Charlie is My Darling (Doc of the Week #10)


The Rolling Stones: Charlie is My Darling—Ireland 1965
Directed by Peter Whitehead—1966—64 minutes

The Rolling Stones certainly are no strangers to celluloid, at least from the late Sixties on. In roughly chronological order, we got their headlining appearance in “Rock and Roll Circus”; a Jean-Luc Goddard agitprop period piece framed around their recording of “Sympathy for the Devil”; the Maysles Brothers’ hippie-dystopia classic “Gimme Shelter”, and various concert films from the 1970s on, culminating in Martin Scorcese’s 2008 “Shine a Light.” This spirited record of a showcase gig at New York’s Beacon Theater established the Stones as leaders of a movement that can only be called geriatric rock, carrying the flag of a genius era into the Social Security age bracket.

Good footage of the early Stones has been harder to come by. Their ascent to fame in the days before mass media overkill has yielded little more than their “T.A.M.I. Show” set and some old Ed Sullivan clips. Until now. Produced by their manager Andrew Loog Oldham reportedly to get his rising stars used to the idea of film, “Charlie is My Darling” was the first documentary about the band. The director was Peter Whitehead who would go on to make 1967’s “Tonight Let’s All Make Love in London” when the music-driven youth movement was in full “swing.”

After a brief theatrical release, however, all prints of “Charlie” were reportedly stolen and the film receded from memory, only getting a proper re-release in conjunction with the band’s 50th anniversary tour. Now you can wind the clock back almost as many years to the screaming-teenager epoch of the mid-1960s, as the boys are whisked off to Ireland for a quickie tour hastily arranged to capitalize on the recent smash hit “Satisfaction.” It’s a bit of a revelation here to see the Stones in the first flush of their youthful success. The Beatles have “A Hard Day’s Night” and Bob Dylan the warts-and-all “Don’t Look Back.” Here the five Stones likewise struggle with whirlwind fame, each of them ambivalent and thoughtful when Whitehead interviews each in turn.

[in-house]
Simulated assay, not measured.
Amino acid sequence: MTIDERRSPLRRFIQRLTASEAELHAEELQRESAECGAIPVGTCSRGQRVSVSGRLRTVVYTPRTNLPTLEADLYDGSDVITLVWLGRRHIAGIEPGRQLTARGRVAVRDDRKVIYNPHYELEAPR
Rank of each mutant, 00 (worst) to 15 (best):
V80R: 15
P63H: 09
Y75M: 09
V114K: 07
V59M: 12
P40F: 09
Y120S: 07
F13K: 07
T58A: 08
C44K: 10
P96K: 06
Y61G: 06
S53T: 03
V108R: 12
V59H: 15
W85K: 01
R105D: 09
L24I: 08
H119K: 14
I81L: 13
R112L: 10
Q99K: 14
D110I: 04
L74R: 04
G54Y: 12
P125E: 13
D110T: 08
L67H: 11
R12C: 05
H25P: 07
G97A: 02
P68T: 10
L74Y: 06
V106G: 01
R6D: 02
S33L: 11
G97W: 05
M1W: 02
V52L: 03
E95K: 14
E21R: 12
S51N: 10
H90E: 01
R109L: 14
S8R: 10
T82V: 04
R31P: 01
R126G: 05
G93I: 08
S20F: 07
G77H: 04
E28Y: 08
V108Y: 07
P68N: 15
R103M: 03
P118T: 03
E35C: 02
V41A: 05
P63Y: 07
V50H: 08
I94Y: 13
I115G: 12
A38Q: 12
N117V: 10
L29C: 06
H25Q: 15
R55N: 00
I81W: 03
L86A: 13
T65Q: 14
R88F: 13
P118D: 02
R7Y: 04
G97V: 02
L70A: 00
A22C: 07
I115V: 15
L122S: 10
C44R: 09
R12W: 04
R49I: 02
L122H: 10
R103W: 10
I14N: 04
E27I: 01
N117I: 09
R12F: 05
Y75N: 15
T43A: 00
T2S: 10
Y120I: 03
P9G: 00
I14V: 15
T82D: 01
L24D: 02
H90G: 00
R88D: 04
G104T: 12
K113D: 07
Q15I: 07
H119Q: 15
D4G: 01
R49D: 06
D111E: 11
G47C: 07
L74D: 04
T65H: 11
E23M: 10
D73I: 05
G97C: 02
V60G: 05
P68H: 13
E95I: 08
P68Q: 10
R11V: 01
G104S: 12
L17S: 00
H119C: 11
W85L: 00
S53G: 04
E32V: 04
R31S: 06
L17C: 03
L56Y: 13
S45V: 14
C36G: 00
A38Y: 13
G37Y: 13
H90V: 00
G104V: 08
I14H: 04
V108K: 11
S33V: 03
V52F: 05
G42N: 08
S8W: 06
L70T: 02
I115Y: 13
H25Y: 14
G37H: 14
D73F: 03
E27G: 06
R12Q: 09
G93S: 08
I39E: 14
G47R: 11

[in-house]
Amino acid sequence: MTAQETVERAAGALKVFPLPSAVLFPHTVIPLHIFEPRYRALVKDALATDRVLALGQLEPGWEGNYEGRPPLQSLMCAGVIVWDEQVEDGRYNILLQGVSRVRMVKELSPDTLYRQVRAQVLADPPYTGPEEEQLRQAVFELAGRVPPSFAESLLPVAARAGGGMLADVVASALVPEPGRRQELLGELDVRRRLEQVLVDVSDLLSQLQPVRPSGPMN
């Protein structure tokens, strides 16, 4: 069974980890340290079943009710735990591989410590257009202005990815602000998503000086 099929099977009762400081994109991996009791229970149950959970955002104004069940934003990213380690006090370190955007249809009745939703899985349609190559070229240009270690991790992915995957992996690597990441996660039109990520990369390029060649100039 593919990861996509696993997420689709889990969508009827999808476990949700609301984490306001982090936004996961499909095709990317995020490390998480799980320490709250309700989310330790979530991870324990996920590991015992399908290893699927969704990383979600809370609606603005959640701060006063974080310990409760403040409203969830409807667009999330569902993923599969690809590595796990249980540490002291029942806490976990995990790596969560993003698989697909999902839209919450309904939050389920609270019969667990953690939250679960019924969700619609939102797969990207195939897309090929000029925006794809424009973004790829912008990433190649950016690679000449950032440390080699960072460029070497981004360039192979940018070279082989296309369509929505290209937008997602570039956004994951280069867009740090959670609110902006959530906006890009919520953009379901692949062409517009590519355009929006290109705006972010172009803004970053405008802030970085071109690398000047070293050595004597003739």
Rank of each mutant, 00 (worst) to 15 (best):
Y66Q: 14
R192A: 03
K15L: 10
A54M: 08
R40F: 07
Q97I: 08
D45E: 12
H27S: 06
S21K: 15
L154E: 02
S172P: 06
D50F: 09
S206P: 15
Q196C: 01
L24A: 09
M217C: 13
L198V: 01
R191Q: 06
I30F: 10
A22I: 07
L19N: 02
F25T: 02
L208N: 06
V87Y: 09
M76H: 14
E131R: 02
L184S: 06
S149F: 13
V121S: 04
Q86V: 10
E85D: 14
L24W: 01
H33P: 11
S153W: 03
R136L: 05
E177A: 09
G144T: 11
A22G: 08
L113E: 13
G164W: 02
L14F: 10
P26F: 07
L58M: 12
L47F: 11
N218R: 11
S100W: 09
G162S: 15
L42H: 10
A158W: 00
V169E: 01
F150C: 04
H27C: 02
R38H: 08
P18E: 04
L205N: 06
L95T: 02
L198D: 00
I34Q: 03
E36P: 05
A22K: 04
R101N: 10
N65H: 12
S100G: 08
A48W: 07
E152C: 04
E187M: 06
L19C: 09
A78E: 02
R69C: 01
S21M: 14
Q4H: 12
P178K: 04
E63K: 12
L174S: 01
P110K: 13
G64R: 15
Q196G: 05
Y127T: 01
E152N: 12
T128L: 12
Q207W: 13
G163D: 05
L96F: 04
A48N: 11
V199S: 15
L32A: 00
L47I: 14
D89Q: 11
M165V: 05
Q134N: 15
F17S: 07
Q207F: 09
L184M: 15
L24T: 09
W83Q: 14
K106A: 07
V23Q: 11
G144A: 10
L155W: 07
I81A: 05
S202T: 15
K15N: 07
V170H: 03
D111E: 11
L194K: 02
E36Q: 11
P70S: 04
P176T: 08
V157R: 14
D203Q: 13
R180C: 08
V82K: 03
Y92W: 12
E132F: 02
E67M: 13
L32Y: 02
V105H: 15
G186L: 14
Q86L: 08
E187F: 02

A brilliant montage set to “Heart of Stone” shows the band arriving in Dublin where the establishing street scenes recall the age of James Joyce a half-century previous. But even if the country was still largely in the parochial grip of the Catholic hierarchy, the kids quickly shake free of that once the Stones hit the stage. The clarity and immediacy of this restored footage is electrifying, the lean-and-mean band whip their fans into a frenzy straight out of the gate with “The Last Time”, not that the crowd needs much whipping up. The Stones were already well known for the riotous audiences they attracted and by the end of third number, the stage invasion is in full stride, easily captured by Whitehead’s in-the-wings camera.

A bit of this footage recently turned up in the recent “Crossfire Hurricane” doc but it’s good to get the full flavor of those days here. The interviews reveal five guys to whom fame is still new and a little intimidating. Mick Jagger, an exciting young performer but hardly the indomitable peacock of later years, admits “I don’t know who I am on stage.” Keith is already the sly one, Bill is practical and Charlie misses his wife. Most poignantly, Brian Jones frets about the Stones’ chances for sustained success and—four years before his death—says, “I’ve always been a little apprehensive about the future.”

Elsewhere, you get the expected shots of the band being chased in public places, vox populi with the teenybopper lasses and hotel scenes of the guys goofing around and (more interestingly) writing a new song, “Sitting on a Fence.” Back onstage in Belfast, the joyful abandon in their version of Chuck Berry’s “Around and Around” is visceral and the cathartic discontent of “Satisfaction” would probably never sound so real again—worldwide success was just around the bend. The druggy excesses and jet setting and artistic peaks were all to come and this guileless snapshot from a distant monochromatic past is the perfect antidote to today’s over-hyped media landscape.

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